Chapter 71

The room was on fire when he returned; his power was stuck in an active state. He lifted his hand—there was a vague outline of twisting fire that may have been an arm, but it was lost in the sea of fire. He tried to pull back on it, to attempt to revert to some kind of human state. The fire twisted, merging down into a roughly human shape, but there was nothing human left about him, only fire.

Loren could somehow still see, and the barrier was hot beneath him, a gradient of bright white beneath him to a duller, faded white against the walls. He wouldn’t be escaping from the room with this power; he couldn’t generate enough energy to dismantle the barrier, let alone deal with the water beyond.


Loren opened his eyes to a room without fire, and clenched his hand—there was something pressed against his skin, the feeling wrapping around his entire body. He lifted his hand to study it, a tiny film of white, translucent energy—not that different in appearance from the barrier that was trapping him.

Only, he was failing to make it do anything; he couldn’t move it, pressing it outwards did nothing. He couldn’t make it brighter, and he couldn’t dismiss it; it was just there. Loren moved across the room and rapped a barrier-covered knuckle against the barrier covering the room.

It winked out of existence, leaving the smooth white metal behind, cold to the touch. He reared back and punched the wall—the wall broke beneath his punch, leaving a fist-sized hole in the metal. He blinked, not at all expecting it to work.

He pulled his hand out of the wall, and then the barrier regenerated, covering the walls in white. It had done that the other time as well; whatever was powering, it took a few moments to kick back in.

“Alright, time for an adventure,” Loren said firmly.

He tapped the barrier and then slammed his shoulder against the wall the second it winked out of existence. The wall broke before him—but it was also far thicker than he had first assumed, and he stumbled forwards. The barrier came back up while he was halfway through but winked out of existence again—and Loren was thankful it hadn’t sheered him in half.

Loren punched forward again, cutting through the wall like it was made of sand and shouldering his way the rest of the way through as it broke around him. The faint resistance vanished, and he stepped through the wall into a more open space.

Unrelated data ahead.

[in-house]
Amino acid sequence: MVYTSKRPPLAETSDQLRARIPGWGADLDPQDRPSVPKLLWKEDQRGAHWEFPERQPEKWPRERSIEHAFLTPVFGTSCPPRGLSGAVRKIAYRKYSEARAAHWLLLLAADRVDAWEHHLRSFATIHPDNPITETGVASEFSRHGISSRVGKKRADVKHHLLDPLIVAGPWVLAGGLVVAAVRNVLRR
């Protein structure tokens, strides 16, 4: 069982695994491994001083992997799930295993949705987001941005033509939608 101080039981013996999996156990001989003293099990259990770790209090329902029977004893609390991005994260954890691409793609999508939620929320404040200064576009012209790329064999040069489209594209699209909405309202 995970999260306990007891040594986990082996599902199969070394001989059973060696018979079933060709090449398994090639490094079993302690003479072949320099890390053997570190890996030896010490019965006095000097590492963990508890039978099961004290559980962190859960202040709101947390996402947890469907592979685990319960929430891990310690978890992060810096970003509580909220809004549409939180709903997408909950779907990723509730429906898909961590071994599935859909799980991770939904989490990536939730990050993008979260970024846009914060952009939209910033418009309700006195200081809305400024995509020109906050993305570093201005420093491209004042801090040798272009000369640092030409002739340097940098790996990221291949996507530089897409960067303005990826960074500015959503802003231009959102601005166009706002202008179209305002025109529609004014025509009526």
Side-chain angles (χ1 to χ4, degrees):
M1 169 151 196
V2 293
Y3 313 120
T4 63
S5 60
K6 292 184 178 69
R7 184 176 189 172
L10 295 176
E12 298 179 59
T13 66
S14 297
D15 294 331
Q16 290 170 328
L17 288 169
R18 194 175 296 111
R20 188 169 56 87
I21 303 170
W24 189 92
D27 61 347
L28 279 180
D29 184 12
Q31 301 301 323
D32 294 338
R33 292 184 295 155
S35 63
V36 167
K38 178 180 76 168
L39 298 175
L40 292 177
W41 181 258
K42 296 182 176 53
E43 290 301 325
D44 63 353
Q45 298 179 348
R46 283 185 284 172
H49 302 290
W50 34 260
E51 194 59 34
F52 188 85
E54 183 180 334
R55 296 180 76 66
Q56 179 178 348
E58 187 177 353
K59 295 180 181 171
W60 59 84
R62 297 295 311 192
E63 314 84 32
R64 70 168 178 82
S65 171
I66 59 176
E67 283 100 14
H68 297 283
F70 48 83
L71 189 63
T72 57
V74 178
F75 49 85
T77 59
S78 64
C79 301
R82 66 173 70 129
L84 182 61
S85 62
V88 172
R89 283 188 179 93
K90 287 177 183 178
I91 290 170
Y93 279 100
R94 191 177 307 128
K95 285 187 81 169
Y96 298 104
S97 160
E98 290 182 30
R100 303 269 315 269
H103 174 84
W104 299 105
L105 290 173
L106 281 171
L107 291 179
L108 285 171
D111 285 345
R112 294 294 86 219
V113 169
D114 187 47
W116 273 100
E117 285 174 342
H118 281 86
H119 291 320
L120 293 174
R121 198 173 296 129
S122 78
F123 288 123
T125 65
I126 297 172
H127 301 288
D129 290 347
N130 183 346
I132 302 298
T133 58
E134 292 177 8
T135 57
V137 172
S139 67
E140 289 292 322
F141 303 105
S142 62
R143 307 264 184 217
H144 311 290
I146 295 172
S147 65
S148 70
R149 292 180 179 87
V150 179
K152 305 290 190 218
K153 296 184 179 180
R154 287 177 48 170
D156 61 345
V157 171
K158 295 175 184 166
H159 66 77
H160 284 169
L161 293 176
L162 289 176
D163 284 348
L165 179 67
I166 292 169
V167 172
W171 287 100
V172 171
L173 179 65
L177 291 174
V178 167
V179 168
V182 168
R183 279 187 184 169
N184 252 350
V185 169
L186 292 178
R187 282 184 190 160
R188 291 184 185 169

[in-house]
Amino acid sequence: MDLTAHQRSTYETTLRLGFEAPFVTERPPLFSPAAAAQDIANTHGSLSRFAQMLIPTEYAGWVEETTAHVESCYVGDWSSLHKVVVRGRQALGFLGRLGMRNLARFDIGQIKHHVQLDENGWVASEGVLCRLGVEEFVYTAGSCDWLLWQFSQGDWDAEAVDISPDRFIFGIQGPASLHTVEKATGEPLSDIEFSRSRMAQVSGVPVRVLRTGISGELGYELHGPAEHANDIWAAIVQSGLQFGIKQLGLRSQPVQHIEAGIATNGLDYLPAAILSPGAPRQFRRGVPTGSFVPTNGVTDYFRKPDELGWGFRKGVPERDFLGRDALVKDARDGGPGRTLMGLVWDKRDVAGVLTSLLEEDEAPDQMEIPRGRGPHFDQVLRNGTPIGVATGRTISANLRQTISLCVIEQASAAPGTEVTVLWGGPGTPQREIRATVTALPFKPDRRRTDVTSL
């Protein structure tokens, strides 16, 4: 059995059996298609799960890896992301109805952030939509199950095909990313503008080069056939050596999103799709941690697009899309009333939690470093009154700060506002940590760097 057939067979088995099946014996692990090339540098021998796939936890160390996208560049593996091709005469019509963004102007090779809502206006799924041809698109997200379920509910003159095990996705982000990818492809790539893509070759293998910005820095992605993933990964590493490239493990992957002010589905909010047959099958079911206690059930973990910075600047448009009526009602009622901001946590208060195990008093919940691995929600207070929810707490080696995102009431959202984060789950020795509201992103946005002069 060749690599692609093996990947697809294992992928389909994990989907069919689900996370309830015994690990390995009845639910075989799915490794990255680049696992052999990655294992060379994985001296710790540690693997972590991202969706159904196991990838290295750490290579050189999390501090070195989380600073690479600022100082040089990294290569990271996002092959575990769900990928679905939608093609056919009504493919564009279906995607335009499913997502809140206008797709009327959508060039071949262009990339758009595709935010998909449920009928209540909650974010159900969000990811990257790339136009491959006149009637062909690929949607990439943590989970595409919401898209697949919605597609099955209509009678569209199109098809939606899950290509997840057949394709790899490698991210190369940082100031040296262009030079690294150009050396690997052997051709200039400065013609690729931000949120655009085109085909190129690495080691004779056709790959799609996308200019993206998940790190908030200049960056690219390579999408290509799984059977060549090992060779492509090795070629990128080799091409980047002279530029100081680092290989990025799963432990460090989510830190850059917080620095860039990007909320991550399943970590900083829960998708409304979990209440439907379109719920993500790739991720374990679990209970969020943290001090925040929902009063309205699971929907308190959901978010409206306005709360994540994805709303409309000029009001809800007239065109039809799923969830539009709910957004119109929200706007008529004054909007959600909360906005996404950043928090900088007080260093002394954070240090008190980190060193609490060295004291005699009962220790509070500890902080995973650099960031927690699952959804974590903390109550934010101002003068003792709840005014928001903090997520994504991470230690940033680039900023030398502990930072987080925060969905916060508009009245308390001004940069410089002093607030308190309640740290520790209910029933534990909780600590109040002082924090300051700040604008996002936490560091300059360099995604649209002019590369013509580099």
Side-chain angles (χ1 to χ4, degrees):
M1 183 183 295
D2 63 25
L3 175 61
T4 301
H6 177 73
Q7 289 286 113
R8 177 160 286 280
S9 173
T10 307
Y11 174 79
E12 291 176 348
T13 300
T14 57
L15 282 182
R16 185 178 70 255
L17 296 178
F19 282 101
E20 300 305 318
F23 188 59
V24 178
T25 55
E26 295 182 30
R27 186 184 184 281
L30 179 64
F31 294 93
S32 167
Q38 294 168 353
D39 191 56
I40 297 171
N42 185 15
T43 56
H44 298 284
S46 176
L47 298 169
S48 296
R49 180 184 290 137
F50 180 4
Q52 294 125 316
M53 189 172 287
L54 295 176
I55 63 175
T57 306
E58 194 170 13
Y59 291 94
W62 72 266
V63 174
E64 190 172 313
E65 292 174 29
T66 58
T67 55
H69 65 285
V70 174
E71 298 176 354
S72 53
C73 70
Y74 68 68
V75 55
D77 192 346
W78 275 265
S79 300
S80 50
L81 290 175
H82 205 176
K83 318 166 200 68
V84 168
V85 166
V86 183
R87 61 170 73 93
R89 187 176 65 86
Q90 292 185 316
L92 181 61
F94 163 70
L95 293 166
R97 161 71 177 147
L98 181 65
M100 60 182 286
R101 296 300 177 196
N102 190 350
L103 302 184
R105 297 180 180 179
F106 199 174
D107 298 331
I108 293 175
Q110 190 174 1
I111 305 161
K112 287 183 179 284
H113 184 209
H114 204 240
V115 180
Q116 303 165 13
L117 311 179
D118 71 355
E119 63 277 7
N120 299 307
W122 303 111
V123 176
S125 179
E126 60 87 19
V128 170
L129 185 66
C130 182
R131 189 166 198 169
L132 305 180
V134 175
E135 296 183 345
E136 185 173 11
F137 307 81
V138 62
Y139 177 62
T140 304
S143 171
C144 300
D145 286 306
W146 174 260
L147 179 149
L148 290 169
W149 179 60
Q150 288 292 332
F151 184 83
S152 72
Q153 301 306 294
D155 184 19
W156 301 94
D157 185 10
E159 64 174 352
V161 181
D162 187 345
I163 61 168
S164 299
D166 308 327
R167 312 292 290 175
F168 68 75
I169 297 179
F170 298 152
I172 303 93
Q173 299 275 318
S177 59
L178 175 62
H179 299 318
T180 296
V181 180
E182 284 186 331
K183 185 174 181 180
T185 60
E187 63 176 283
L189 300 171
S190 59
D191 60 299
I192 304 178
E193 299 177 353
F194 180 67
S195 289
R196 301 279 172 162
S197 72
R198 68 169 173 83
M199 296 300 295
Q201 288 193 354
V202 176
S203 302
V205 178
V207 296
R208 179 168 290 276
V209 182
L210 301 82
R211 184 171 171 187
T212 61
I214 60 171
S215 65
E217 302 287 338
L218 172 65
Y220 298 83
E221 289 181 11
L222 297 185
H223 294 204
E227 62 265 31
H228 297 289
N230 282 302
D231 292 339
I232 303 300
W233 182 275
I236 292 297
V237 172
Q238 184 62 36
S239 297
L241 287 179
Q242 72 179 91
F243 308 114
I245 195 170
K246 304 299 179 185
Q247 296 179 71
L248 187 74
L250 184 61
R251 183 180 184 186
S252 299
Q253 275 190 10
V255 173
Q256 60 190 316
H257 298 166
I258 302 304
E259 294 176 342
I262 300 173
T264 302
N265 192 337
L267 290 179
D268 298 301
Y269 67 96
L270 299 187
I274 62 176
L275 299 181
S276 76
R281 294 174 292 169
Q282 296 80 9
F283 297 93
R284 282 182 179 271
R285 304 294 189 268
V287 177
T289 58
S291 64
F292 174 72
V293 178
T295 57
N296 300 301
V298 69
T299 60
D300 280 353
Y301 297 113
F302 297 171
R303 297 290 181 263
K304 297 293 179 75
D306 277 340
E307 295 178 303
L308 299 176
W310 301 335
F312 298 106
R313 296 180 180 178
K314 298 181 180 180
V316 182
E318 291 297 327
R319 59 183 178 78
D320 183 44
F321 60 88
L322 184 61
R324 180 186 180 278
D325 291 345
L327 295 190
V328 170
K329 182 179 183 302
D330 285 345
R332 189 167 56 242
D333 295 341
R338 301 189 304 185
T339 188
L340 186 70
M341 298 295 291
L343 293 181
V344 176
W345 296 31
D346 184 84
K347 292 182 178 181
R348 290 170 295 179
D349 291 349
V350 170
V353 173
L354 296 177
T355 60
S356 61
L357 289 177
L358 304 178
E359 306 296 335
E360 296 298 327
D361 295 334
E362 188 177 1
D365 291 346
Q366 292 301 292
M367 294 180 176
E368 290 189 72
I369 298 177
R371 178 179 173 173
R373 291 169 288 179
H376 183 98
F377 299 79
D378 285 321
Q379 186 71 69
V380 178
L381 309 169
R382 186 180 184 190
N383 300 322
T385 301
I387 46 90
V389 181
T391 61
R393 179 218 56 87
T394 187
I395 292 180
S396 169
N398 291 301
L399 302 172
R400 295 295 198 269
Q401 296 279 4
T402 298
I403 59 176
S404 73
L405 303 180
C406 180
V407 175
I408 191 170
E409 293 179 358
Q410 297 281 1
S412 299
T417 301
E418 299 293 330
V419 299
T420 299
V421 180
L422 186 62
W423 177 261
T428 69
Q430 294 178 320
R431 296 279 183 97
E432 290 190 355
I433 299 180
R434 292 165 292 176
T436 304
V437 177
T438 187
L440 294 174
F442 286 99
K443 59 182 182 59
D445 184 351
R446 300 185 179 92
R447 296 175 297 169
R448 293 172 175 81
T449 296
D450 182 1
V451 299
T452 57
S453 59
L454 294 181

The crack in the wall that he’d made during his escape let light flood through in a narrow beam that illuminated some of the metal floorings. It was basically the only source of light outside of the barrier room, and he could just see faint shapes in the dark.

There was a small green dot, up in the dark, about as high as a door might reach, and he moved towards it. His foot kicked something in the dark but didn’t break through it.  Loren wondered if there was some kind of intent needed for his power to start breaking things—he hadn’t fallen straight through the floor after all.

He knelt down, running his hands over whatever it was; round, ridged, and seemed to be running towards the containment cell. It was a pipe of some kind, and he stood up using his foot as a guide to follow it along the floor in the dark.

Loren almost tripped again as a second pipe intersected the first, and after finding some footholds, he stepped over them—more pipes, coming from different angles, but he was pretty sure they all reached back to the containment room.

He fumbled around in the dark until he found something, a large rectangular block where the piper ran to. Patting the thing down led him to what felt like a larger pipe that seemed to be made of smaller ones bound tightly together in a large cylinder—It ran in the direction of the green dot he’d spotted.

“Ever heard of a ceiling light, idiots?” Loren complained to no one as he followed the pipe. “Or did you forget to pay the power bill?”

His outstretched hand hit the wall, and he searched it in the dark, finding a seam—a handle, lower and beneath the green dot indicated it was a door. He opened it—or attempted to, it was clearly locked. Loren punched through the locking mechanism and pulled the door open—light flooded into the room, blinding him for a moment.

“Fuck,” Loren complained, shielding his eyes and stepping inside.

The pipe passed through the wall by the door before branching out in a bunch of different directions.

Each one seemed to lead to a column that hummed with white energy, a small black shape vaguely noticeable right in the middle—a quick count left him with twelve of them. Each of them had large pipes that fed into the largest object in the room.

A large clear container on the opposite side of the room, filled with murky, rust-colored water. The inside of the glass was far too filthy to see what was inside—something in the tank moved, sending the dark water swirling.

Loren hovered by the door, suddenly hesitant to investigate further.

This was obviously the power source—the white energy of the barrier came from these pillars and whatever was inside them. Whatever was in the larger tank… he had no idea what its purpose was.

“Hey,” Loren said quietly. “Can you hear me?”

Something dark pressed against the tank glass, smearing the rusty grime and sending more of the water spinning.

Loren swallowed, forcing himself to take a step further into the room. His eyes fell to the console that was connected to the larger tank—a series of switches ran along its length, no monitor in sight. He glanced over to the columns, but none of them had switches of their own. Each one had a little divider that covered it from view unless you were standing right in front of it.

A thump came from the tank, and he flinched.

“Fuck!” Loren yelped, flushing. “Fuck this horror shit!”